70s D-40, worth the restore

F30

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I have always loved the sound of a D-40 but never owned one. For what ever reason the ones from the 70s have always been what I wanted. Probably because they are from my early years of playing guitar and it's what a remember.
I love old guitars now so it just seems like the right time to finally get one.
It will need a neck reset and re-fret but thanks to those here at LTG I have acquired the contact to get it done right.
It plays now but saddle is very low
Screenshot_20231113-104138~3.png
 

jeffcoop

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Congratulations, and best wishes for successful completion of the needed work.
 

Br1ck

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I think you will find it money well spent. As a preservationist by nature, I had a lot of work done to my 70 D 35 eight or nine years ago now. More that it's worth at the time would warrent. The new Guilds sound great, but fifty year old wood can not be beat. I've been playing it more and more since I've begun to realize my SCGC isn't going anywhere. That has been a long honeymoon if there ever was one. But my D 35 has a special neck and the old wood sound.

File this away for future reference. If you play a fair amount, get your D 40 to a luthier in five years or so. Like tires on a car, fret wear will affect tone gradually over time. You don't need your tires to go bald, nor your frets to buzz to get them brought up to snuff. A good fret level or Plek will work wonders, and time has a way of getting away from us. I noticed I didn't like my D 35's tone anymore. My luthier could find nothing he would have me spend money on. I had him do a fret level anyway. Guitar came back it's old self.
 
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bobouz

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Do you have the guitar in your hands yet? Pretty sure I know which one it is, and to my eyes, it has a reasonable amount of saddle left when enlarging the pics. I mention this also because I’ve worked with & like that store a lot, but I think their luthier has a standard whereby he wants to see a lot of saddle. If you can easily dial in the action to your liking the way it sits, I think it will be good for years to come. Congrats on a very nice acquisition, and PM me if you’d like some additional info!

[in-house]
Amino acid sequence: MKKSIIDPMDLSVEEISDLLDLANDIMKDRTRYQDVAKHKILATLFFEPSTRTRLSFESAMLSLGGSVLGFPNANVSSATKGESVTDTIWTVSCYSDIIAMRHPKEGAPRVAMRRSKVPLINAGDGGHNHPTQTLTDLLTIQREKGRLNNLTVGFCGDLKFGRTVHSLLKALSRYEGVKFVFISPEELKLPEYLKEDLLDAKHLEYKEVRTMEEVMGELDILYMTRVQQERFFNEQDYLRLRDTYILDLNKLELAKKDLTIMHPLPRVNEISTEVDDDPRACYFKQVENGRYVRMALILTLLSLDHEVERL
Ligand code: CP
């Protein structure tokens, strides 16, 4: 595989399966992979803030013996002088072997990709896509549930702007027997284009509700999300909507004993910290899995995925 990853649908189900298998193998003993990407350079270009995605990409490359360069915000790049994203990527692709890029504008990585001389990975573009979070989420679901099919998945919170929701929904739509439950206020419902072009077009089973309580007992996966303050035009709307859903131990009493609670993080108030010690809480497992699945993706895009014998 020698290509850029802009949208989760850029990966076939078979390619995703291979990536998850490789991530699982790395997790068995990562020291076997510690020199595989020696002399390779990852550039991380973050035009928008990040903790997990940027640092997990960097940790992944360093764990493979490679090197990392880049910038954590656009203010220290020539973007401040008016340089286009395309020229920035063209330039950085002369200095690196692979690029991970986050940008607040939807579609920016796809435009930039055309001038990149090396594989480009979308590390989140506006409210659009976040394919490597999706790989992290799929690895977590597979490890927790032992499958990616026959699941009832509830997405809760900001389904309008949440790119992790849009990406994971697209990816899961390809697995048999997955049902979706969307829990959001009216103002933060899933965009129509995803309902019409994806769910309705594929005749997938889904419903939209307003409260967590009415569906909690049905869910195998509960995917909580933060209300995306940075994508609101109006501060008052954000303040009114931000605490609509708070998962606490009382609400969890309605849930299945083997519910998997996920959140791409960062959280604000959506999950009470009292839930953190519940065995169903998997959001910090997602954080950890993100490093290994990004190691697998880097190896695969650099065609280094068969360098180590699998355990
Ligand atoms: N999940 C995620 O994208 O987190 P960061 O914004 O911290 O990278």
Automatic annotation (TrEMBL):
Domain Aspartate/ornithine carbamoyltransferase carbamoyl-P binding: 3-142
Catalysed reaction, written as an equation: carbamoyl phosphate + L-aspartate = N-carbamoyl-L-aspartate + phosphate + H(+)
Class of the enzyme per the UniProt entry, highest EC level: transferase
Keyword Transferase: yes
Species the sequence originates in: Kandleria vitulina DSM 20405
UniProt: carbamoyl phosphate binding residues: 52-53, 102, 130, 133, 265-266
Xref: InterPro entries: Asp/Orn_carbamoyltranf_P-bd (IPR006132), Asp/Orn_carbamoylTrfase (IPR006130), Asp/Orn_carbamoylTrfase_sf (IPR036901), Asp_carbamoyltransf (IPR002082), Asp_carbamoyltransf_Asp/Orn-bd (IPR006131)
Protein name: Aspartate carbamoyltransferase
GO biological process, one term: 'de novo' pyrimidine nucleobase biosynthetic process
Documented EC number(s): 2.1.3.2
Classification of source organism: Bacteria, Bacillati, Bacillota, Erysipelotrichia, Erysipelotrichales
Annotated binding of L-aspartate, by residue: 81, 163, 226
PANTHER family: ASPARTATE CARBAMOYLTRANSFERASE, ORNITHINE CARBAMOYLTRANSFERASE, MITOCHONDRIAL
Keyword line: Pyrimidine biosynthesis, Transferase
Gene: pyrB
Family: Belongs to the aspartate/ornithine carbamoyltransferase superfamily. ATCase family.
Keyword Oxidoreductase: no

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F30

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Not yet, but the picture is exactly the guitar I've been wanting for years
(the one a remember as a kid playing my cheap Ovation Celebrity 😐)
oh and I have dealt with this dealer on other guitars. Had good experience so I pulled the trigger.
Regardless I will probably send it to Tom and see what he thinks of the guitars overall condition and
do what needs to be done.
 

bobouz

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Not yet, but the picture is exactly the guitar I've been wanting for years
(the one a remember as a kid playing my cheap Ovation Celebrity 😐)
oh and I have dealt with this dealer on other guitars. Had good experience so I pulled the trigger.
Regardless I will probably send it to Tom and see what he thinks of the guitars overall condition and
do what needs to be done.
Sounds good - Enjoy!
 

valleyguy

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I bought a beat up ‘68 D40 some years ago. I had a neck reset, 5 frets replaced annd some braces refluxed, and I am so glad I did, what a great warm sound it has, and it’s so easy to play. Money well spent in my mind. Some day when I leave this earth, someone will cont to enjoy that aged wood.
 

Br1ck

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Heck, it's Thanksgiving week. Just take the rest of the week off. How much would you get done Wed. anyway?

Knowing ahead and already making the commitment is a very good thing. Enjoy.
 

F30

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What you can't see in photos is the heavy worn sound hole below high e which is a bit warped and thin. The crack in the top on the upper bout and crack on the side - among other things. It does sound pretty good but luckily it has a return and may please the next buyer enough to invest in the neck set which is needed. So the search continued.
 
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